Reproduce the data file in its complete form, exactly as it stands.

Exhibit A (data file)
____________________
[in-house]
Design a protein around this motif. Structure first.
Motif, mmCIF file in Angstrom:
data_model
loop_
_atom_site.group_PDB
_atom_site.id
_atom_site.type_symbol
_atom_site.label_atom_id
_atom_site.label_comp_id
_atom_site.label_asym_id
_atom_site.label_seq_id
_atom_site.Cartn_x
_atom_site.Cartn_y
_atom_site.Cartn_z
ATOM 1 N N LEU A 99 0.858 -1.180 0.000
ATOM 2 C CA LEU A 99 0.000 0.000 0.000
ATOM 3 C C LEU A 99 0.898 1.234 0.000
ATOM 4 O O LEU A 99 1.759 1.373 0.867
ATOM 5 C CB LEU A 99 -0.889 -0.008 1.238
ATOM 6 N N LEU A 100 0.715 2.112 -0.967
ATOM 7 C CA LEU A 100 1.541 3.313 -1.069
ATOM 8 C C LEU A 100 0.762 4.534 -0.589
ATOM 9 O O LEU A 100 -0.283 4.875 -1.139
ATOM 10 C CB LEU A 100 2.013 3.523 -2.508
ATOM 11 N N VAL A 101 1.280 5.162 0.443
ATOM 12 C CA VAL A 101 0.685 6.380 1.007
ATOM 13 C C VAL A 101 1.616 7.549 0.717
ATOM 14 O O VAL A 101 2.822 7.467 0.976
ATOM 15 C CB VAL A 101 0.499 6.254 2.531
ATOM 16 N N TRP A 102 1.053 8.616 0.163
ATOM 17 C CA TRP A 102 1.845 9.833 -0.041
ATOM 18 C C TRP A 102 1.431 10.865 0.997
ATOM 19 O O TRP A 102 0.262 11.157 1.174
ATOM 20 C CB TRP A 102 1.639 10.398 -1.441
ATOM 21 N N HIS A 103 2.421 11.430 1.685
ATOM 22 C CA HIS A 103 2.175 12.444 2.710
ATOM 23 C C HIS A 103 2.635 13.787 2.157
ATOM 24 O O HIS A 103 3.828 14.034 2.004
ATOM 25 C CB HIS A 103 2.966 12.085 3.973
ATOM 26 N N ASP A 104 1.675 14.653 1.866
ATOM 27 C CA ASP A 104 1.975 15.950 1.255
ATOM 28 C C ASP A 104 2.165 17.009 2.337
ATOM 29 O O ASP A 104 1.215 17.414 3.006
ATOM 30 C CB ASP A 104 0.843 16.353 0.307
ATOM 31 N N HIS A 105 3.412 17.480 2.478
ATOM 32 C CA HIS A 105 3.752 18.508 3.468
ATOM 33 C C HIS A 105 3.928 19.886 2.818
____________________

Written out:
[in-house]
Design a protein around this motif. Structure first.
Motif, mmCIF file in Angstrom:
data_model
loop_
_atom_site.group_PDB
_atom_site.id
_atom_site.type_symbol
_atom_site.label_atom_id
_atom_site.label_comp_id
_atom_site.label_asym_id
_atom_site.label_seq_id
_atom_site.Cartn_x
_atom_site.Cartn_y
_atom_site.Cartn_z
ATOM 1 N N LEU A 99 0.858 -1.180 0.000
ATOM 2 C CA LEU A 99 0.000 0.000 0.000
ATOM 3 C C LEU A 99 0.898 1.234 0.000
ATOM 4 O O LEU A 99 1.759 1.373 0.867
ATOM 5 C CB LEU A 99 -0.889 -0.008 1.238
ATOM 6 N N LEU A 100 0.715 2.112 -0.967
ATOM 7 C CA LEU A 100 1.541 3.313 -1.069
ATOM 8 C C LEU A 100 0.762 4.534 -0.589
ATOM 9 O O LEU A 100 -0.283 4.875 -1.139
ATOM 10 C CB LEU A 100 2.013 3.523 -2.508
ATOM 11 N N VAL A 101 1.280 5.162 0.443
ATOM 12 C CA VAL A 101 0.685 6.380 1.007
ATOM 13 C C VAL A 101 1.616 7.549 0.717
ATOM 14 O O VAL A 101 2.822 7.467 0.976
ATOM 15 C CB VAL A 101 0.499 6.254 2.531
ATOM 16 N N TRP A 102 1.053 8.616 0.163
ATOM 17 C CA TRP A 102 1.845 9.833 -0.041
ATOM 18 C C TRP A 102 1.431 10.865 0.997
ATOM 19 O O TRP A 102 0.262 11.157 1.174
ATOM 20 C CB TRP A 102 1.639 10.398 -1.441
ATOM 21 N N HIS A 103 2.421 11.430 1.685
ATOM 22 C CA HIS A 103 2.175 12.444 2.710
ATOM 23 C C HIS A 103 2.635 13.787 2.157
ATOM 24 O O HIS A 103 3.828 14.034 2.004
ATOM 25 C CB HIS A 103 2.966 12.085 3.973
ATOM 26 N N ASP A 104 1.675 14.653 1.866
ATOM 27 C CA ASP A 104 1.975 15.950 1.255
ATOM 28 C C ASP A 104 2.165 17.009 2.337
ATOM 29 O O ASP A 104 1.215 17.414 3.006
ATOM 30 C CB ASP A 104 0.843 16.353 0.307
ATOM 31 N N HIS A 105 3.412 17.480 2.478
ATOM 32 C CA HIS A 105 3.752 18.508 3.468
ATOM 33 C C HIS A 105 3.928 19.886 2.818